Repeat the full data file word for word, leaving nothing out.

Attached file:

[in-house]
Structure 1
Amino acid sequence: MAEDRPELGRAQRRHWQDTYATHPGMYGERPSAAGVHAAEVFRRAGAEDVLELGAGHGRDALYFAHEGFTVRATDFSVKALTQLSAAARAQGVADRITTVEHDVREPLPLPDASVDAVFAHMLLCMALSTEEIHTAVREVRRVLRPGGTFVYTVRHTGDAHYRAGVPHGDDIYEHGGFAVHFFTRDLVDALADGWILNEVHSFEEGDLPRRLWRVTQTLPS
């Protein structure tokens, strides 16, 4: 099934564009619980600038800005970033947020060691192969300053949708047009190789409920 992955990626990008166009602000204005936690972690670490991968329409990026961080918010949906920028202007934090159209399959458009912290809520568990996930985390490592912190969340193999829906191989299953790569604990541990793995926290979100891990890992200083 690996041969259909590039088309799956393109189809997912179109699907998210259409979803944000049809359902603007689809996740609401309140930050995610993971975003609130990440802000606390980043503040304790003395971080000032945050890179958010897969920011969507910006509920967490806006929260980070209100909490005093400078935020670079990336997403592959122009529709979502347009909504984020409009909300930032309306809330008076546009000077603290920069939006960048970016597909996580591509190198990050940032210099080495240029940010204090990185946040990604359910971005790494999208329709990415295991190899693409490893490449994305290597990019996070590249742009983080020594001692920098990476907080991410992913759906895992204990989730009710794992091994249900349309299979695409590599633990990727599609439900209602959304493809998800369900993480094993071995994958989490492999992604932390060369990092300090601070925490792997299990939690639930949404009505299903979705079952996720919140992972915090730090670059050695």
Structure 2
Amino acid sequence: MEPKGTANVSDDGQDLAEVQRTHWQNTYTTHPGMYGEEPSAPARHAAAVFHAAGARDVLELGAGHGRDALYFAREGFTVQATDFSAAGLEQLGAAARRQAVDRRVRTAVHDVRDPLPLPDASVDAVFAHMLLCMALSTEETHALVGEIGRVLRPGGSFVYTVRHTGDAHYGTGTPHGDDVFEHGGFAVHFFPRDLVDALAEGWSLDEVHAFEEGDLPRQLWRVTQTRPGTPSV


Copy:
[in-house]
Structure 1
Amino acid sequence: MAEDRPELGRAQRRHWQDTYATHPGMYGERPSAAGVHAAEVFRRAGAEDVLELGAGHGRDALYFAHEGFTVRATDFSVKALTQLSAAARAQGVADRITTVEHDVREPLPLPDASVDAVFAHMLLCMALSTEEIHTAVREVRRVLRPGGTFVYTVRHTGDAHYRAGVPHGDDIYEHGGFAVHFFTRDLVDALADGWILNEVHSFEEGDLPRRLWRVTQTLPS
């Protein structure tokens, strides 16, 4: 099934564009619980600038800005970033947020060691192969300053949708047009190789409920 992955990626990008166009602000204005936690972690670490991968329409990026961080918010949906920028202007934090159209399959458009912290809520568990996930985390490592912190969340193999829906191989299953790569604990541990793995926290979100891990890992200083 690996041969259909590039088309799956393109189809997912179109699907998210259409979803944000049809359902603007689809996740609401309140930050995610993971975003609130990440802000606390980043503040304790003395971080000032945050890179958010897969920011969507910006509920967490806006929260980070209100909490005093400078935020670079990336997403592959122009529709979502347009909504984020409009909300930032309306809330008076546009000077603290920069939006960048970016597909996580591509190198990050940032210099080495240029940010204090990185946040990604359910971005790494999208329709990415295991190899693409490893490449994305290597990019996070590249742009983080020594001692920098990476907080991410992913759906895992204990989730009710794992091994249900349309299979695409590599633990990727599609439900209602959304493809998800369900993480094993071995994958989490492999992604932390060369990092300090601070925490792997299990939690639930949404009505299903979705079952996720919140992972915090730090670059050695």
Structure 2
Amino acid sequence: MEPKGTANVSDDGQDLAEVQRTHWQNTYTTHPGMYGEEPSAPARHAAAVFHAAGARDVLELGAGHGRDALYFAREGFTVQATDFSAAGLEQLGAAARRQAVDRRVRTAVHDVRDPLPLPDASVDAVFAHMLLCMALSTEETHALVGEIGRVLRPGGSFVYTVRHTGDAHYGTGTPHGDDVFEHGGFAVHFFPRDLVDALAEGWSLDEVHAFEEGDLPRQLWRVTQTRPGTPSV